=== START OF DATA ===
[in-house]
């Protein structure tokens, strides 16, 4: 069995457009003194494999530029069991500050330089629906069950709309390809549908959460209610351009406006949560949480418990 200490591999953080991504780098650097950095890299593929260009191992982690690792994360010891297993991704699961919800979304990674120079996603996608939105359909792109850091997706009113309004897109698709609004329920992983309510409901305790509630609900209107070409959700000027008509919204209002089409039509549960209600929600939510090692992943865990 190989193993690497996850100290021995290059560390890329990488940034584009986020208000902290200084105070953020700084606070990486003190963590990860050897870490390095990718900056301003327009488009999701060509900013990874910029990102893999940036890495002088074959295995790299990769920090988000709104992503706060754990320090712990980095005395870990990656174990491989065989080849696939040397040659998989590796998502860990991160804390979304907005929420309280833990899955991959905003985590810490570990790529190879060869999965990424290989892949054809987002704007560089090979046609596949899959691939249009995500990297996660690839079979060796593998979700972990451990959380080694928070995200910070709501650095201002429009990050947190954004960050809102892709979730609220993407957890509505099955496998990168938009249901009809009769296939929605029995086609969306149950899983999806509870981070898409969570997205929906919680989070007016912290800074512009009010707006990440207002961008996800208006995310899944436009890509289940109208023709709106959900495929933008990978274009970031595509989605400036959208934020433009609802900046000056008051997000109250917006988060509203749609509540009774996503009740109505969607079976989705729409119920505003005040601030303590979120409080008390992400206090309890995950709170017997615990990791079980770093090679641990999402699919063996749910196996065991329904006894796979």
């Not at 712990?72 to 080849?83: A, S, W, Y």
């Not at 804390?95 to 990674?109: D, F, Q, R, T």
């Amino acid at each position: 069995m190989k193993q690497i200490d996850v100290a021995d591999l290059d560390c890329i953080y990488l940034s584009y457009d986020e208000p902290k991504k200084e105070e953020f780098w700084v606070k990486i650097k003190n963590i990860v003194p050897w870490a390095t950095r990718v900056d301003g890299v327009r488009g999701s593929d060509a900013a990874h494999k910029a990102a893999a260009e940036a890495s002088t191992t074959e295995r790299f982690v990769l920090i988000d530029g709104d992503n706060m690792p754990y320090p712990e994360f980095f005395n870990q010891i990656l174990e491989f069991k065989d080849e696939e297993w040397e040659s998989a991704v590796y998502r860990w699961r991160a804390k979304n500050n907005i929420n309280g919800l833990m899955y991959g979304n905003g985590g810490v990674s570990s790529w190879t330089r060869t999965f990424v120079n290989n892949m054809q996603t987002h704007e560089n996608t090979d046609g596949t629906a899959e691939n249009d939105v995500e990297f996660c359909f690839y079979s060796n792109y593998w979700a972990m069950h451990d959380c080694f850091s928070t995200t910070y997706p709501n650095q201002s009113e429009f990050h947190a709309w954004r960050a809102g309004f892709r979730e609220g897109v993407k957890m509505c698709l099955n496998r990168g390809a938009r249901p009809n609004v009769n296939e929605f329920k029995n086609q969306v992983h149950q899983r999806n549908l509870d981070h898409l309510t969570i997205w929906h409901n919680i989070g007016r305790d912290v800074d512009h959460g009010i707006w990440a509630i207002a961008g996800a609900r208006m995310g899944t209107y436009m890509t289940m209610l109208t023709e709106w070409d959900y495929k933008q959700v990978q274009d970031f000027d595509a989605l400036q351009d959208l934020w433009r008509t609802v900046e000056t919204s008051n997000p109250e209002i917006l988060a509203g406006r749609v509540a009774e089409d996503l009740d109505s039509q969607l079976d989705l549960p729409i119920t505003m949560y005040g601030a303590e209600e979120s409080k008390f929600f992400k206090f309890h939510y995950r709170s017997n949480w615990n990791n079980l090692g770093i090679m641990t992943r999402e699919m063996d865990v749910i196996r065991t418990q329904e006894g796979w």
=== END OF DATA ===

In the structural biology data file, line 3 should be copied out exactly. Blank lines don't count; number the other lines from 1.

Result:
């Not at 712990?72 to 080849?83: A, S, W, Y």